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11th March 2013
A new Dawn
Title of film: Infinity Ink - Infinity
Director: Dawn Shadforth
Shaking off the shackles of pop Dawn Shadforth blazes her way with guts and finesse with her new promo for Infinity Ink proving that there is still plenty of party in her back pocket

How has your music video directing evolved, in particular how do you see the changes over the last couple of years?

I feel like this video is part of a strand of work that I have always made, from The Beat Goes On, Supercollider, Primal Scream, Basement Jaxx and Peaches and Iggy. I guess I am most well known for Kylie videos because they are the biggest hits but my roots are with this kind of music. John Hassay who commissioned Infinity knows I am a big house/dance music fan, he actually also commissioned Supercollider back in the day. And these kind of themes have always been there in my work – parties, dancing, altered states of consciousness, riffs on film genre, magic and mysticism, emotional turmoil, death and mortality, tongue in cheek humour.

In a way some of them are still there in Kylie’s Can’t Get You Out Of My Head, although that video might seem big slick and shiny it is still a film genre, an imaginary world, a futuristic utopia/dystopia, not only a shiny pop video. I like to try and create characters and worlds, tell little stories and I think this new video feels more related to my older work but is also a development as well.

I don’t think the way I direct videos has changed that much only budgets are obviously much less these days so you have to adjust ideas and expectations accordingly. I used to come up with ideas that involved more complex post-production but that just isn’t viable these days unless you can do it yourself in your bedroom or beg huge favors. Can’t Get You Out Of My Head simply wouldn’t get made now. So since I came back to making videos with my Florence and the Machine videos I’d say that the main difference is that I am working more in camera.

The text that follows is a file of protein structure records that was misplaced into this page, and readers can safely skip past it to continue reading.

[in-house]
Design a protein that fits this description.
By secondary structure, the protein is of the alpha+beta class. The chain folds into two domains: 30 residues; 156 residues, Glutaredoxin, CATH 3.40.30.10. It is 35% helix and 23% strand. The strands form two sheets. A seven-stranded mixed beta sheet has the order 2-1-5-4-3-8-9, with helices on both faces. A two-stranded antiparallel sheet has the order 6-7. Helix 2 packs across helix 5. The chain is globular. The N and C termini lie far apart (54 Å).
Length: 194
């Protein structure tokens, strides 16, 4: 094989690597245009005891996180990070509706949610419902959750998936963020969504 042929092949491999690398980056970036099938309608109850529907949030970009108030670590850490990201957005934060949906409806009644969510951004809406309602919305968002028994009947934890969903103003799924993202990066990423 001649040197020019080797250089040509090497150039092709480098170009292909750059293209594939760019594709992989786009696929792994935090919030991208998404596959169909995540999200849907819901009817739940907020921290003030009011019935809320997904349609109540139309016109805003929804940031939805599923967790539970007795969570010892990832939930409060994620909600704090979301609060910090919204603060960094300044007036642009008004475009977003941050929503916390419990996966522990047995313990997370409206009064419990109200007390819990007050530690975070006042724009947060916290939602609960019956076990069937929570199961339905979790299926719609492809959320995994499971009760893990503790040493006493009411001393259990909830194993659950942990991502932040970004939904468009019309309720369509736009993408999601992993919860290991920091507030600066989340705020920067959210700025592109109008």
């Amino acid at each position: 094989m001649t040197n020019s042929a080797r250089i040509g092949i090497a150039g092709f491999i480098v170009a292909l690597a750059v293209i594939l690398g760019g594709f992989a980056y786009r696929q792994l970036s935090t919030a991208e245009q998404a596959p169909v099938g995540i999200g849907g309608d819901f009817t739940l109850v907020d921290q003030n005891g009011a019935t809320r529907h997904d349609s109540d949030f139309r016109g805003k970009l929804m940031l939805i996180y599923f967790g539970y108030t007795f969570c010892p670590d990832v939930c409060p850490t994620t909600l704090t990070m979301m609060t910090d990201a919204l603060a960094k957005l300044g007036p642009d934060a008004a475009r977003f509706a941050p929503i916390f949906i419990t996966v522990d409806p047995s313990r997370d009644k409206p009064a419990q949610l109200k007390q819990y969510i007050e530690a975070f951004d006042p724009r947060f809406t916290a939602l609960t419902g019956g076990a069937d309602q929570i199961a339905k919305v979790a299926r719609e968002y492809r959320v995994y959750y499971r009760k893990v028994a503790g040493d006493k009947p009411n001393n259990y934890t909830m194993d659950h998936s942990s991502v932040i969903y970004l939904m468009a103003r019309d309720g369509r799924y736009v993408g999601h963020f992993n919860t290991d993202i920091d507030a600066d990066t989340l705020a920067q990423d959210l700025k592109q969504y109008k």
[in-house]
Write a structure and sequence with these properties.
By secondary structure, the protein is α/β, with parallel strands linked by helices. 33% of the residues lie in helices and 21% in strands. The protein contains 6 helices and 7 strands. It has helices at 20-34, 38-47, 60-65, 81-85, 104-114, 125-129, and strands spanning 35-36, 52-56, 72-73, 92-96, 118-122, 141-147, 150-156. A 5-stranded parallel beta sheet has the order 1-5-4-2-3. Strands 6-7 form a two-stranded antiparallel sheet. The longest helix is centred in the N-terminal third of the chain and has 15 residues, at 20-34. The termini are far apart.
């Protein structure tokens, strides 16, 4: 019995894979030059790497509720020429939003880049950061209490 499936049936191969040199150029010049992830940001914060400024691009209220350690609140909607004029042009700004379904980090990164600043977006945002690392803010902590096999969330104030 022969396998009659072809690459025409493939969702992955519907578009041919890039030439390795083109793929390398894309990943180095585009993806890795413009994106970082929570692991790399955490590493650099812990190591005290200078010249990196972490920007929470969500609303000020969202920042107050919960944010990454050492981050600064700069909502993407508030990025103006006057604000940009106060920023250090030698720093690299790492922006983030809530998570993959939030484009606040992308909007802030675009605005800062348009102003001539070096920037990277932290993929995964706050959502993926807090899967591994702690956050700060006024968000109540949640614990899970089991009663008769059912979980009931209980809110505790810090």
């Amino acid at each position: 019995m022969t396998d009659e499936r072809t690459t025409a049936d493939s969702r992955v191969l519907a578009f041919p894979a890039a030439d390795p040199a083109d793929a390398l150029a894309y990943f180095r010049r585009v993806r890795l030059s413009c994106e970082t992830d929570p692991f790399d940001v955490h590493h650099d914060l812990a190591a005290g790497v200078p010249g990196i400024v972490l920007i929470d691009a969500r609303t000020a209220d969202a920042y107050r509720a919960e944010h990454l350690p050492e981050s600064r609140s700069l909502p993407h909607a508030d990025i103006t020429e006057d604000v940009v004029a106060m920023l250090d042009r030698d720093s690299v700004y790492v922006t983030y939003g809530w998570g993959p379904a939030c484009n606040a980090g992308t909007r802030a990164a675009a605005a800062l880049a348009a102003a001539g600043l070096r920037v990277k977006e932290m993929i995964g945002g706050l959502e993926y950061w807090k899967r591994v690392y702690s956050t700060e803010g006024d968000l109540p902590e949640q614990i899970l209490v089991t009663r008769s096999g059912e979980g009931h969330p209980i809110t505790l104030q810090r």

How did the idea for the narrative for Infinity come about? Was it your reaction to the lyrics? And did you work closely with Luca and Ali of Infinity Ink or were you given creative freedom?

I was given a fairly open brief at the beginning and a lot of creative freedom which was amazing. John Hassay, the commissioner, was the one who gave me the thought that the band had had at the beginning of the process which was an idea about a peyote trip that goes wrong. I don’t know much about peyote but I had a lot of friends growing up who liked to take acid, one in particular who developed an alter ego who was a Shaman and also a wolf. So I kind of based it on that and those days. Suburban teenage ravers tripping outdoors and still off their heads when they come home.

I didn’t really have much contact with the band as they were in Mexico, other than a few precise and helpful notes, but I know them a bit. Actually Luca C, in a previous life, was a performer in a video for Goldfrapp that I directed called “Train”. I met him recently at a party and he introduced himself. That video was styled by Mrs Jones who also styled this.

How much did you script the narrative before the shoot? Had you storyboarded it in detail or simply allowed the shoot to evolve with a shots list?